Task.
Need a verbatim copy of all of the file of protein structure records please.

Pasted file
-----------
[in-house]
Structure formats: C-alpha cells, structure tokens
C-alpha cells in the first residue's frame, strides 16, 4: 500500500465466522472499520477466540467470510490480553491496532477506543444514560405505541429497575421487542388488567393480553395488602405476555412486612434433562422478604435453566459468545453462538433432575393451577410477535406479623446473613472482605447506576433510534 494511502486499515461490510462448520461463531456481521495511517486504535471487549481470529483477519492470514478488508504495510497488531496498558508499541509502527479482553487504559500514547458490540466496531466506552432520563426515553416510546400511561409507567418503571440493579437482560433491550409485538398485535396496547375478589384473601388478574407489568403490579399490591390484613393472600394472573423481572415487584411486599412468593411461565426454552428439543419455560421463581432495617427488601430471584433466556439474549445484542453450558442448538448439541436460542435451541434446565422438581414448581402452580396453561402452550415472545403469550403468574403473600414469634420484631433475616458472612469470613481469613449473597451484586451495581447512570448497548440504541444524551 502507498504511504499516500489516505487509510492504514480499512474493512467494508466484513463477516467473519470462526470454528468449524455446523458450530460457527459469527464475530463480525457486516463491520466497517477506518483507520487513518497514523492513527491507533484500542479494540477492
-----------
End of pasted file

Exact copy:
[in-house]
Structure formats: C-alpha cells, structure tokens
C-alpha cells in the first residue's frame, strides 16, 4: 500500500465466522472499520477466540467470510490480553491496532477506543444514560405505541429497575421487542388488567393480553395488602405476555412486612434433562422478604435453566459468545453462538433432575393451577410477535406479623446473613472482605447506576433510534 494511502486499515461490510462448520461463531456481521495511517486504535471487549481470529483477519492470514478488508504495510497488531496498558508499541509502527479482553487504559500514547458490540466496531466506552432520563426515553416510546400511561409507567418503571440493579437482560433491550409485538398485535396496547375478589384473601388478574407489568403490579399490591390484613393472600394472573423481572415487584411486599412468593411461565426454552428439543419455560421463581432495617427488601430471584433466556439474549445484542453450558442448538448439541436460542435451541434446565422438581414448581402452580396453561402452550415472545403469550403468574403473600414469634420484631433475616458472612469470613481469613449473597451484586451495581447512570448497548440504541444524551 502507498504511504499516500489516505487509510492504514480499512474493512467494508466484513463477516467473519470462526470454528468449524455446523458450530460457527459469527464475530463480525457486516463491520466497517477506518483507520487513518497514523492513527491507533484500542479494540477492